0

A recent article in Aeon noted that "illeism" is a term for speaking about oneself in the third person. The article argues that adopting this rhetorical stance can aid in thinking through issues:

...The scientific research suggests that you should adopt an ancient rhetorical method favoured by the likes of Julius Caesar and known as ‘illeism’ – or speaking about yourself in the third person... If I was considering an argument that I’d had with a friend, for instance, I might start by silently thinking to myself: "David felt frustrated that…" The idea is that this small change in perspective can clear your emotional fog, allowing you to see past your biases.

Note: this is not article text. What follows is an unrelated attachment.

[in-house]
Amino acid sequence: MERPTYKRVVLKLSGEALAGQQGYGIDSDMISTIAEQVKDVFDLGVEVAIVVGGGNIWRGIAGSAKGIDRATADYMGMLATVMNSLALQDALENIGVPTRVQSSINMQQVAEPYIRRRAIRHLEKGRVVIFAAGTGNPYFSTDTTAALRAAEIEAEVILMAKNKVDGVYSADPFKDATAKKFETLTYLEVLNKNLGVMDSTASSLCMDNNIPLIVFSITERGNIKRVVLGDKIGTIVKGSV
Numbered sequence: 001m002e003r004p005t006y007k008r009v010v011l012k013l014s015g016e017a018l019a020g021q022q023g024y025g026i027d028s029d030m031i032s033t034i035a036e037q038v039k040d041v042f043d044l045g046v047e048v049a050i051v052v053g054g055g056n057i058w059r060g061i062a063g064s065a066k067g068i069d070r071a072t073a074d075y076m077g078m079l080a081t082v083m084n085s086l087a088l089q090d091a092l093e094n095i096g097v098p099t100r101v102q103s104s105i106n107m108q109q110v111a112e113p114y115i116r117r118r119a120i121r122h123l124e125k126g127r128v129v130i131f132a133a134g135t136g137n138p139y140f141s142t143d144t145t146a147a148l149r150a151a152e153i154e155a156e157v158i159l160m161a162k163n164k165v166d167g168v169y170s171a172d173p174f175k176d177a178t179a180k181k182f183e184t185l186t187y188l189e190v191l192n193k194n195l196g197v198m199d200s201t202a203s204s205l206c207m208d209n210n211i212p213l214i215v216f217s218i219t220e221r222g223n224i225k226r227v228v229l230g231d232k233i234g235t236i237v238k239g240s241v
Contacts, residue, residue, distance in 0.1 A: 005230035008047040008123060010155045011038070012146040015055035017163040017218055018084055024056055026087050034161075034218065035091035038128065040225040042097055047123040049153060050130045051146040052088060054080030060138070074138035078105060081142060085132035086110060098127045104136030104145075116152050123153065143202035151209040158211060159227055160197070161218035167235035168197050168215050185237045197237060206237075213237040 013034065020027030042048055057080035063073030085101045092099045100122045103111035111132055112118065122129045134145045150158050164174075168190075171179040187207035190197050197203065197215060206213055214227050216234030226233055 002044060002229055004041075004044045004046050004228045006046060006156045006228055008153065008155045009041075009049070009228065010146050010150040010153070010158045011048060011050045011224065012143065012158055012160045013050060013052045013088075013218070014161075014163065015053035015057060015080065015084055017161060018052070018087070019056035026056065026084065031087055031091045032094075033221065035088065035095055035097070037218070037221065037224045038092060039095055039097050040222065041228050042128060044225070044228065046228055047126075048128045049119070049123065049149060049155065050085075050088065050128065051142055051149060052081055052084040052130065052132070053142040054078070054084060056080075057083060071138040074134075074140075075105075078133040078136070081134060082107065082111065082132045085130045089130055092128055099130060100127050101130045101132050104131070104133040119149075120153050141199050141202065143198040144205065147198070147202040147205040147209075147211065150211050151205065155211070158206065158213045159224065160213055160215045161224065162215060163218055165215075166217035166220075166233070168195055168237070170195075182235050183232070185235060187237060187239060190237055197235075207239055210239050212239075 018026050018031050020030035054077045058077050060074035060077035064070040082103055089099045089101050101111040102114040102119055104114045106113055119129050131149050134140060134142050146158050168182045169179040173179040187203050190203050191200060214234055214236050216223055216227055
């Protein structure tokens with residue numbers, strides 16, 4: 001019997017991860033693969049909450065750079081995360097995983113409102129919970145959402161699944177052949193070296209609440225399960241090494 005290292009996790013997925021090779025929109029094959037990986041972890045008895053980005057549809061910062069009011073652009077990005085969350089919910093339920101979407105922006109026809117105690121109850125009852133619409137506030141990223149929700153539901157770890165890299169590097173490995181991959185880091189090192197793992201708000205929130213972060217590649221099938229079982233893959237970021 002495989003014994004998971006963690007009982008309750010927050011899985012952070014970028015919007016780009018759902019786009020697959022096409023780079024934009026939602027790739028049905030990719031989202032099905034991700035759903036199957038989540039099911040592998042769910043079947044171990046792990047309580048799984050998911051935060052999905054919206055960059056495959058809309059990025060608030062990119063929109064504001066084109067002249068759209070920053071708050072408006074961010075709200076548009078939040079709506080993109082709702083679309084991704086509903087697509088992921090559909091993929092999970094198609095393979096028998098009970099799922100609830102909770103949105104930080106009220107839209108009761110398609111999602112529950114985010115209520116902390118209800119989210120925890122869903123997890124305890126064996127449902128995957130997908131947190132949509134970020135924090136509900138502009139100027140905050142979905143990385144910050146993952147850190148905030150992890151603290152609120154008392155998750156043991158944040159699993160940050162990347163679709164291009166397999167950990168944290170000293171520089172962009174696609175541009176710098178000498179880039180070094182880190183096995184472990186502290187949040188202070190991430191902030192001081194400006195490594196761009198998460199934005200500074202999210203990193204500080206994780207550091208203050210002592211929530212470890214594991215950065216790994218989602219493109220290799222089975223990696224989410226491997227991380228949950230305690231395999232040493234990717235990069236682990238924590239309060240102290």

Is there a similar term for talking through a problem with oneself in the second person? (Adapting the example above, "You are feeling frustrated that...")

1

This isn't as old a term as "illeism," as I understand, but this article and this article both use the phrase "self-talk" for self-directed second-person speech in a similar context as the Aeon article quoted above.

1
  • George Costanza says "George is getting thirsty!"
    – John Canon
    Dec 22 '19 at 2:06

Your Answer

By clicking “Post Your Answer”, you agree to our terms of service, privacy policy and cookie policy

Not the answer you're looking for? Browse other questions tagged or ask your own question.